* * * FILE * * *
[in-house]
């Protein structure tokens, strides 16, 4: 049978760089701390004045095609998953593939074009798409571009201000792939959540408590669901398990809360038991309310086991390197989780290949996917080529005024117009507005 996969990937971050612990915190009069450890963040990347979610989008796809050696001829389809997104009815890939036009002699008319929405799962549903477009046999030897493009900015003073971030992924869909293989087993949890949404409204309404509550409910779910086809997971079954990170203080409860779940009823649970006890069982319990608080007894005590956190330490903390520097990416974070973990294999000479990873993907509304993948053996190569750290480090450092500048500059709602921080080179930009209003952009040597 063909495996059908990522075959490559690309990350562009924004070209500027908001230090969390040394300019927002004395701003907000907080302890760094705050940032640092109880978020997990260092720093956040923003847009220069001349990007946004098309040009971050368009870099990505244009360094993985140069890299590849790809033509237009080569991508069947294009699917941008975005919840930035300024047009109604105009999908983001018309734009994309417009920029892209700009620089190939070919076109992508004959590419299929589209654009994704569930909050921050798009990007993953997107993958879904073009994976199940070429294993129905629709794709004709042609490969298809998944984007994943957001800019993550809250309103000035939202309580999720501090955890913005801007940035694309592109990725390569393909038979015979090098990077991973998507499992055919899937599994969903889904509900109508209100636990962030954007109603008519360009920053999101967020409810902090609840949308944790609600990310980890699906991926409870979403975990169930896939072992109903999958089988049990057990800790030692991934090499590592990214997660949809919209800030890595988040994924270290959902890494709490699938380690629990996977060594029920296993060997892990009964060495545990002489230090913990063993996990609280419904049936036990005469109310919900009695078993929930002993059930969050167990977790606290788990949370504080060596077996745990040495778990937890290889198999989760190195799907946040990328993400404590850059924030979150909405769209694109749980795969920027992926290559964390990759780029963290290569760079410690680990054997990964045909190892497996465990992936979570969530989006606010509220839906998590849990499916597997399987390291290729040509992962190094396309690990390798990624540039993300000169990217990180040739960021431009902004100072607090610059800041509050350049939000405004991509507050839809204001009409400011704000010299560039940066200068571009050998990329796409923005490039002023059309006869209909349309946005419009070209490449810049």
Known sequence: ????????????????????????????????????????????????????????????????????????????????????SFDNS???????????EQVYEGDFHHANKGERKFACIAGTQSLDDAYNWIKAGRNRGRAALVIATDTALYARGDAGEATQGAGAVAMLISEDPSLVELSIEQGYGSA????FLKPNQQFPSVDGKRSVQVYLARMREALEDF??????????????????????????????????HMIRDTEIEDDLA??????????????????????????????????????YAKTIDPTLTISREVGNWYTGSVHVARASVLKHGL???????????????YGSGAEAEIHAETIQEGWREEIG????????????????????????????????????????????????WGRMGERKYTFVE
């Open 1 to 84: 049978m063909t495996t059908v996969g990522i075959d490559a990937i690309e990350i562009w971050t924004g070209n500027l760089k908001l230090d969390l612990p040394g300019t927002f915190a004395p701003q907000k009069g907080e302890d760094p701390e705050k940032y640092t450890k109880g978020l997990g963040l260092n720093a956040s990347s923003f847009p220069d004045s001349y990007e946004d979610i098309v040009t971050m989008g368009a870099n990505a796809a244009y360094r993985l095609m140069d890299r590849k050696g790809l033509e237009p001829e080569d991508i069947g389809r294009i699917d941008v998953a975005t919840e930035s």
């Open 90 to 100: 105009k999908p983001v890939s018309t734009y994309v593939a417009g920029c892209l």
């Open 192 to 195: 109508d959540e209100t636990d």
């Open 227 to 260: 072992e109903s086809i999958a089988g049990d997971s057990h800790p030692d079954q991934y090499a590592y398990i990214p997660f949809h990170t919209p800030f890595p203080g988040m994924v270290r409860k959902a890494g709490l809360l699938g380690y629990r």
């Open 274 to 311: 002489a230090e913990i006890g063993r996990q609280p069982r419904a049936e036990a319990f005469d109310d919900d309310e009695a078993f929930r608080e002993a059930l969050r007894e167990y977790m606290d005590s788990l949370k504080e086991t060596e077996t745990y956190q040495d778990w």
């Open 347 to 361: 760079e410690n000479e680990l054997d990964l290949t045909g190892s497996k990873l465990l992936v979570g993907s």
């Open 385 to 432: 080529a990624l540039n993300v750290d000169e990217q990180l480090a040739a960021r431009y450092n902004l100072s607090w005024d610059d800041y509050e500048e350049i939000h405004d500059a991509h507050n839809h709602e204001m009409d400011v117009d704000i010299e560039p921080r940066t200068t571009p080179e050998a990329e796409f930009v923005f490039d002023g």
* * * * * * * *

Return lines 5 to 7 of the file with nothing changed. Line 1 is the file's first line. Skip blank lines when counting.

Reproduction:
């Open 90 to 100: 105009k999908p983001v890939s018309t734009y994309v593939a417009g920029c892209l």
């Open 192 to 195: 109508d959540e209100t636990d």
């Open 227 to 260: 072992e109903s086809i999958a089988g049990d997971s057990h800790p030692d079954q991934y090499a590592y398990i990214p997660f949809h990170t919209p800030f890595p203080g988040m994924v270290r409860k959902a890494g709490l809360l699938g380690y629990r």